Introduction to Microcalorimetry Muneera Beach, Ph.D. Malvern Instruments Northampton, Massachusetts USA [email protected] Why Microcalorimetry? Broad dynamic range Direct measurement of heat change Direct measurement of melting temperature as an indicator of thermal stability No molecular weight limitations (ITC) Native molecules in solution
(biological relevance) Information rich Rapid results for KD n, H H and H S from ITC experiments Determine Tm, H H and H Cp from DSC experiments 0 N D H , k c a l/m o le o f in je c ta n t Label-free -3 -6 -9 -12 0
1 Xt/Mt 2 Ease-of-use No immobilization necessary No/minimal assay development Free choice of solvent How do they work? The DP is a measured power differential betwee Sample Reference the reference and sample cells to maintain a ze temperature between the cells DT
DP DT~0 Reference Calibration Heater Sample Calibration Heater Cell Main Heater DP = Differential power T = Temperature difference All binding parameters in a single experiment X + M XM Syringe Raw data Reported data (H)H)) Mechanism X (KB) Binding (n) stoichiometry In a single ITC experiment you get M Reference cell Sample cell Affinity (KD) strength of binding Heat of binding (H) and entropy (S) mechanism H) and entropy (H) and entropy (S) mechanism S) mechanism
and driving force of interaction Stoichiometry (n) - Number of binding sites Enzyme kinetics The energetics Elucidation of binding mechanisms: KD Macromolecule/Nanoparticle Primary Enthalpic Contributions: Hydrogen bonding Electrostatic interactions Primary Entropic Contributions
Waters, ions, protons Ligand DG = RT lnKD DG = DH -TDS van der Waals interactions Hydrophobic effect-water release (favorable) Conformational changes and reduction in degrees of freedom (unfavorable) ITC provides more than binding affinity characterize binding forces Similar KD Different binding mechanisms Same affinity, different energetics ITC results are used to gain insights into the mechanism of binding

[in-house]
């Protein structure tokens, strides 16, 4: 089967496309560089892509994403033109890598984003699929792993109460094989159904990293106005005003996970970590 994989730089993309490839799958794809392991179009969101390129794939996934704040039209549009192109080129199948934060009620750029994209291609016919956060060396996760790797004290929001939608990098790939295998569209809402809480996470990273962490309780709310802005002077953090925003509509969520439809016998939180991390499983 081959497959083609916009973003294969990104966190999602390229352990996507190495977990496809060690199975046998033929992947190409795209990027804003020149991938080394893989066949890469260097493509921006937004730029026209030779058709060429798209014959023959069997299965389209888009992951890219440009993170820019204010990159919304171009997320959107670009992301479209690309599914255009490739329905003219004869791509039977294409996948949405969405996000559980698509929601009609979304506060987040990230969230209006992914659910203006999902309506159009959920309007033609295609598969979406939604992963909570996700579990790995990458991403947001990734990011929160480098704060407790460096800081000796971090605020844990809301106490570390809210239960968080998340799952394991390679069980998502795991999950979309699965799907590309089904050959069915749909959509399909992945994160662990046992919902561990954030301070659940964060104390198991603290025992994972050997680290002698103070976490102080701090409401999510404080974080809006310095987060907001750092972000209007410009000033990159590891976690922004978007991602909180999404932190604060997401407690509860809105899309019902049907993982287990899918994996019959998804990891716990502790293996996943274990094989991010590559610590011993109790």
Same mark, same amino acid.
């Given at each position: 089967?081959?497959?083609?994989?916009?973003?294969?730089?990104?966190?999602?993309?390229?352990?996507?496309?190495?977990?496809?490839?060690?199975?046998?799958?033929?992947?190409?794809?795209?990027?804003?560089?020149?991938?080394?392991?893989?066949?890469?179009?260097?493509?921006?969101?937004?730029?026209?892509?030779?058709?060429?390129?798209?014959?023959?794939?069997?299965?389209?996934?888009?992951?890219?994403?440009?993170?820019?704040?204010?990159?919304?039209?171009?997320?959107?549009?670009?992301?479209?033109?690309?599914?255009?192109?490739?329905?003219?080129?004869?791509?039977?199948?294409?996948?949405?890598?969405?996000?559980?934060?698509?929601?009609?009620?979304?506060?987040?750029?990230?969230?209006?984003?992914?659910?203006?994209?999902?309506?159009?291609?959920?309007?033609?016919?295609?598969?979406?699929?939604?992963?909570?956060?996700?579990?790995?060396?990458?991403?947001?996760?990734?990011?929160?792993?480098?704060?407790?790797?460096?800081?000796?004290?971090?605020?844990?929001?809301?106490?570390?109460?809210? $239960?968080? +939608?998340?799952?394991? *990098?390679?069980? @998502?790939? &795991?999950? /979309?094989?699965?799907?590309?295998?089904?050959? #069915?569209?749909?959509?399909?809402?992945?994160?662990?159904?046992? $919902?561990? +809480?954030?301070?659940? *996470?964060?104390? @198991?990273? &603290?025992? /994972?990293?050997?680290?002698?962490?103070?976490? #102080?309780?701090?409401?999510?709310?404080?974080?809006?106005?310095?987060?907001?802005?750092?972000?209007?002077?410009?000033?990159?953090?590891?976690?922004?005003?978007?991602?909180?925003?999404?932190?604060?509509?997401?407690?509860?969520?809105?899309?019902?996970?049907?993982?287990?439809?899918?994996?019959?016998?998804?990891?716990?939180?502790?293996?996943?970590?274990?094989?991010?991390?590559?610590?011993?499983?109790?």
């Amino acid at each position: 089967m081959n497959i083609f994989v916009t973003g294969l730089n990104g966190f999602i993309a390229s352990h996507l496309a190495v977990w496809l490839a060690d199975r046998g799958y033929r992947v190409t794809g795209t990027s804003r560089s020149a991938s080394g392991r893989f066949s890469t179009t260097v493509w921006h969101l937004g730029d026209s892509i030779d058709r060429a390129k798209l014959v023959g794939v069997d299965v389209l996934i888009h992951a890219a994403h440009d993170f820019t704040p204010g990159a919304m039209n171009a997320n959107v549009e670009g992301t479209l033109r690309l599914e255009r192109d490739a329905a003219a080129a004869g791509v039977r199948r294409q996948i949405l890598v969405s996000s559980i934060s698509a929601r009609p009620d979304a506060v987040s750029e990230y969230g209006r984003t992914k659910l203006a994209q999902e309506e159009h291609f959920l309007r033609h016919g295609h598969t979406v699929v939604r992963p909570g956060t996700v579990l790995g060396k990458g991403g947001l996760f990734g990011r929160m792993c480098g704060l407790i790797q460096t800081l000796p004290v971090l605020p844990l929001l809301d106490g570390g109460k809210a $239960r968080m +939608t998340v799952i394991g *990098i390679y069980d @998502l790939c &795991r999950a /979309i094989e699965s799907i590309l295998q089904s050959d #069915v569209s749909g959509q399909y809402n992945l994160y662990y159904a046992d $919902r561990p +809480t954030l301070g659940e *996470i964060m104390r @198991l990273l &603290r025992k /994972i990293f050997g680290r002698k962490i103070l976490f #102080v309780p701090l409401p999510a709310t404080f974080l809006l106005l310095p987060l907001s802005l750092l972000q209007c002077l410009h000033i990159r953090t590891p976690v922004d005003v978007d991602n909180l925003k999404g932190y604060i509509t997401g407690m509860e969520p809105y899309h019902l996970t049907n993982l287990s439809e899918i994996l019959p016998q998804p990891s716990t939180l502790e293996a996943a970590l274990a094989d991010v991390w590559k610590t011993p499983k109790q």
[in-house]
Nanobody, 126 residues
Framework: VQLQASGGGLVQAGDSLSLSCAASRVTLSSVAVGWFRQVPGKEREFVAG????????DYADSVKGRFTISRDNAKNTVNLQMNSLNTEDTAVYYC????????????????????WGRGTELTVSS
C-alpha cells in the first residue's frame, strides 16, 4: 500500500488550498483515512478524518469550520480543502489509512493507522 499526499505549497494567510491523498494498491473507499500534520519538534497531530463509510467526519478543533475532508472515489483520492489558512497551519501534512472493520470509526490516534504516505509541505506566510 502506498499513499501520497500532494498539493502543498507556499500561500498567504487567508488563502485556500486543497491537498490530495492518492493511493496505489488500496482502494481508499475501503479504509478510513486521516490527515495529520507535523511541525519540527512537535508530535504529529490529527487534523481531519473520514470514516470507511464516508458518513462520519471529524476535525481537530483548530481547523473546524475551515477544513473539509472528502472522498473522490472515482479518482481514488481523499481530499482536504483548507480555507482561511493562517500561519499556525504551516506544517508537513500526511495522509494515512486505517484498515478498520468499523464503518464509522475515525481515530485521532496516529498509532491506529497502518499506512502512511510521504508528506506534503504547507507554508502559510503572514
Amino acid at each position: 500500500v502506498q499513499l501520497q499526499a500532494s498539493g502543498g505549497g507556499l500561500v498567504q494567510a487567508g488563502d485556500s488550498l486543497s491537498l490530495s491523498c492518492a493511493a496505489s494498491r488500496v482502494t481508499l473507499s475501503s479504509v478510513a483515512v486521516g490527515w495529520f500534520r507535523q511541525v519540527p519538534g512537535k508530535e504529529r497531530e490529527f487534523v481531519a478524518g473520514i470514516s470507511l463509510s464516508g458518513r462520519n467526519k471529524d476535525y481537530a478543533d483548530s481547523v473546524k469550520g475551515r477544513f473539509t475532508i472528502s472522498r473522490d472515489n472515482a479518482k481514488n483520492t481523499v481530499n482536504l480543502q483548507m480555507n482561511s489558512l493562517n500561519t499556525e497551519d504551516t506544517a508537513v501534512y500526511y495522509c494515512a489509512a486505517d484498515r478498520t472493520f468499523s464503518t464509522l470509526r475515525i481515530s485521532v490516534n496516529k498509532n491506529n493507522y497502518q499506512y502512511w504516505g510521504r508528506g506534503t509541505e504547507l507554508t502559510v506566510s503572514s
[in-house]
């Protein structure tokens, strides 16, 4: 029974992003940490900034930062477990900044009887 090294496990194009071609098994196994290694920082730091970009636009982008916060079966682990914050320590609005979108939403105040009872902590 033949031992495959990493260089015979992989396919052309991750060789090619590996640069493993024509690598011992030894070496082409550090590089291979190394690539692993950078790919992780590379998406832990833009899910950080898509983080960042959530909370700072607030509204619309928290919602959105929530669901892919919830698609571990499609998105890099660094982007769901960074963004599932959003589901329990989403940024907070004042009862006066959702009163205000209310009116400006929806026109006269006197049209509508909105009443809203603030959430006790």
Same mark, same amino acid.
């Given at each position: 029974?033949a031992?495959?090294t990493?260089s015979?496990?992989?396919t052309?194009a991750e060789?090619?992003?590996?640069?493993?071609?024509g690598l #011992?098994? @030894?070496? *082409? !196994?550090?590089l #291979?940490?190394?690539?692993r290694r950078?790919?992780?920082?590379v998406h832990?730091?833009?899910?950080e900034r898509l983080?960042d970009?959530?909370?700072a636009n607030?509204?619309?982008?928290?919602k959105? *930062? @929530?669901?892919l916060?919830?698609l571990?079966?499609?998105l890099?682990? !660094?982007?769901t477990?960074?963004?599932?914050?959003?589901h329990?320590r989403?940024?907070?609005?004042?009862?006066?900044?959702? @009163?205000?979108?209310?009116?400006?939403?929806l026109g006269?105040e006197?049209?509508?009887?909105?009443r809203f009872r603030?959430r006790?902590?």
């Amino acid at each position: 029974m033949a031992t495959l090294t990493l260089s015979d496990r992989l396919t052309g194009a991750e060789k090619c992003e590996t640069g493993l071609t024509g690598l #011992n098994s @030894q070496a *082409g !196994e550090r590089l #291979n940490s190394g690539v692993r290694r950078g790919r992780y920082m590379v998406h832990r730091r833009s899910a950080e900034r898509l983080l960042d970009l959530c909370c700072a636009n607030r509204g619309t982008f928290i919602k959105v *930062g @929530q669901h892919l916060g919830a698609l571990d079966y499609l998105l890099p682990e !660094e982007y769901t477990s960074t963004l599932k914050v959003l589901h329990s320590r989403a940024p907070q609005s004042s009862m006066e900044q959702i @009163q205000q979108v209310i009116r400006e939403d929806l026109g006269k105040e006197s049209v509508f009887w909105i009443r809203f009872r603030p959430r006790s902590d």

Unfavorable A. Good hydrogen bonding 10 with unfavorable conformational change hydrophobic interaction C. Favorable hydrogen bonds and hydrophobic interaction 0 kcal/mole B. Binding dominated by 5 G H -TS -5 -10 -15 -20
A B C Favorable With ITC you can Measure target activity Confirm drug binding to target MicroCal VP-ITC MicroCal iTC200 Get quick KDs for secondary screening/hit validation Use thermodynamics to guide lead optimization Validate IC50 and EC50 values MicroCal PEAQ Characterize mechanism of action Measure enzyme kinetics MicroCal PEAQ ITC characterizes a broad range of interactions Proteins
Receptor Antibodies Membrane Small Molecules Metal ions Drug/ligand Carbohydrates Nucleic Acids Nanoparticles Polymers Metals Quantum dots Beads Vaccines/Adjuvants Lipids/Micelles Detergents/Surfactants Applications Examples Crystallization of a RNA/ligand complex E. Coli TPP riboswitch bound to thiamine pyrophosphate Courtesy of Dr Eric Ennifar CNRS University of Strasbourg, France
Background Riboswitches-ligand interactions Riboswitches > non coding RNA (ncRNAs) > Specific binding of metabolites > Regulate expression of protein involved in biosynthesis of riboswitch substrates > Very attractive targets for the design of a new class of antibiotics E.coli TPP riboswitch > Responds to the coenzyme thiamine pyrophosphate (TPP) Goal of the study -solve the crystal structure of the TPP riboswitch bound to TPP Initial trails were unsuccessful > TPP riboswitch was produced in large-scale by T7 transcription > RNA is refolded after heat denaturation > Crystallization using the classical sparse matrix approach failed Use ITC to identify potential problems and to aid crystallization Optimization of RNA preparation guided by ITC KD = 33 nM DH = -32.0 kcal/mol DS = -69.0 cal/mol/K N = 0.58 Time (min) 0.20